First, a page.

With respect and hope,
Information from the University Counseling Center
- University Counseling Center is offering Tele-Mental Health services remotely through a secure platform to eligible, enrolled students located in North Dakota and Minnesota. We currently have staff who are Board Certified Tele-Mental Health (BC-TMH) providers. Essentially, depending on the student requests below, time between a phone call to session can range from immediate to within a few days.
- When a student calls and asks to set up an appointment to start meeting with a counselor at UCC, the student is scheduled for a new client appointment.
- If a student needs an Emergency Counseling Session, a same day session is scheduled.
- If someone is in need of an Emergency Counseling Session, please call UCC at 701-777-2127 so we can work to best assist the student immediately.
- Note: All established clients at UCC are made aware that they can always access an Emergency Session should a mental health emergency arise between scheduled counseling appointments.
- Case Management: The UCC Case Manager, Kristi Kuntz, can be reached directly at 701-777-4187
- We understand that as the end of the semester is approaching, additional support outside of direct clinical services around the UND community is at times needed for students. Kristi is available for students, faculty, staff and parents to work with to help students at UND.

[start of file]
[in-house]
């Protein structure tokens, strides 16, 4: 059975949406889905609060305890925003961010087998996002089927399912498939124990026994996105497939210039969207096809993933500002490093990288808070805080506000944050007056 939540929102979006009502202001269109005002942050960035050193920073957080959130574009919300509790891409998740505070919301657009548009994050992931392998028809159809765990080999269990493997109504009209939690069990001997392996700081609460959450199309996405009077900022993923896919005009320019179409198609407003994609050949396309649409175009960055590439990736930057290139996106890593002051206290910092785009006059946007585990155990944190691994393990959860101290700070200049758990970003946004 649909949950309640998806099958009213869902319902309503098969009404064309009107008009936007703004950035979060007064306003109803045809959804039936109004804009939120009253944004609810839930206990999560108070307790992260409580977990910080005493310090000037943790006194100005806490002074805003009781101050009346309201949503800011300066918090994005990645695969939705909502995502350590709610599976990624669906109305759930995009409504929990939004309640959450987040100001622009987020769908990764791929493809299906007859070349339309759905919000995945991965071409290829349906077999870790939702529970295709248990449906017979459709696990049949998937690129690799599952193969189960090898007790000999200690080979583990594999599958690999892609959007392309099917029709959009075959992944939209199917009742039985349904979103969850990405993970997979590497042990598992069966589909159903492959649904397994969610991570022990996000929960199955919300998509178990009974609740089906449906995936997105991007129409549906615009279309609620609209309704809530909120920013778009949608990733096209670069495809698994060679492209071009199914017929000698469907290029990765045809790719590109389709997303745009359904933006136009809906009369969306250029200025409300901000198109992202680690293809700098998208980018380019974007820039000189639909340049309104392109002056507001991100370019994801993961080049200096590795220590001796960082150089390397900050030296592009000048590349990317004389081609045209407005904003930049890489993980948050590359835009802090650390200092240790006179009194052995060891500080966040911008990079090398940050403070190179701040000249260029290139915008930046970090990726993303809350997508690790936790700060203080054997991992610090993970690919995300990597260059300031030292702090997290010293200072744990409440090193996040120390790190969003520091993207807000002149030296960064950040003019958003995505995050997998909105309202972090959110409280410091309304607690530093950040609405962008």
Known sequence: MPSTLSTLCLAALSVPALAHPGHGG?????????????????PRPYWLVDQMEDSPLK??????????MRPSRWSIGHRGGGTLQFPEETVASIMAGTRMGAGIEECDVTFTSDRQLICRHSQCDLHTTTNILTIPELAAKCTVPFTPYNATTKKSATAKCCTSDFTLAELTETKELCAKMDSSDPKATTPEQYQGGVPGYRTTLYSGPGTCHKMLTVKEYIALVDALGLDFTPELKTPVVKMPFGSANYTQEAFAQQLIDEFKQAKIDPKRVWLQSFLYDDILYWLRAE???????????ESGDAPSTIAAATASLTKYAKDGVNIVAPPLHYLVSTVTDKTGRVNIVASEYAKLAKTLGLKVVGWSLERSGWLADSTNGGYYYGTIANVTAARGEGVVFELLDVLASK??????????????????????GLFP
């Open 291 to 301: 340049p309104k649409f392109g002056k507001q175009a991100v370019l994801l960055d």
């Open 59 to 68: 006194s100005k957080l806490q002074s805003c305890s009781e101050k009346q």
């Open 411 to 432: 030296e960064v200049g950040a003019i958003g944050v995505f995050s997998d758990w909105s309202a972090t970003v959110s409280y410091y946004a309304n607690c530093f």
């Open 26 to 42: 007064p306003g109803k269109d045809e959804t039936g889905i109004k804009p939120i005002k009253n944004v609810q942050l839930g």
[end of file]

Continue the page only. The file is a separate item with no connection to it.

- Outreach Services
- We offer general service overview presentations, as well as presentations focused on mental health prevention and intervention, for students, staff, and faculty. UCC is more than happy to Zoom into any classroom to provide further information about the services available at UCC.
- UCC can also offer Mental Health First Aid to members of the University community upon request.
- Future items
- We are currently working to obtain licensure in four additional states to continue to expand the number of locations where we are able to provide tele-mental health services.
- We are finalizing the details and will have available for students in the near future a mental health app.
Information from Student Health Services
- Student Health Services offers general medical and mental health services, including psychiatric services to students. Student Health Services can be reached at 701-777-4500.
- Student Health Services has a psychiatrist and a psychiatric mental health nurse practitioner on staff and currently provides tele-health services for students.
- If you are concerned about someone or yourself and are not sure where to go, what to do, or whom to ask, you can share a concern with Student Rights and Responsibilities (701-777-2664) or online at https://und.edu/student-life/student-rights-responsibilities/share-a-concern.html.
- Faculty and Staff – if you are concerned about a student you can contact OSRR, raise a behavioral concern flag, or raise a student of concern referral in Starfish.
- Guidance for faculty and staff regarding supporting and responding to challenging situations is also available online at https://und.edu/student-life/student-rights-responsibilities/pink-folder.html.
- If someone is concerned about their immediate safety or the immediate safety of another person please contact the University Police Department (701-777-3491) or local law enforcement (9-1-1) immediately.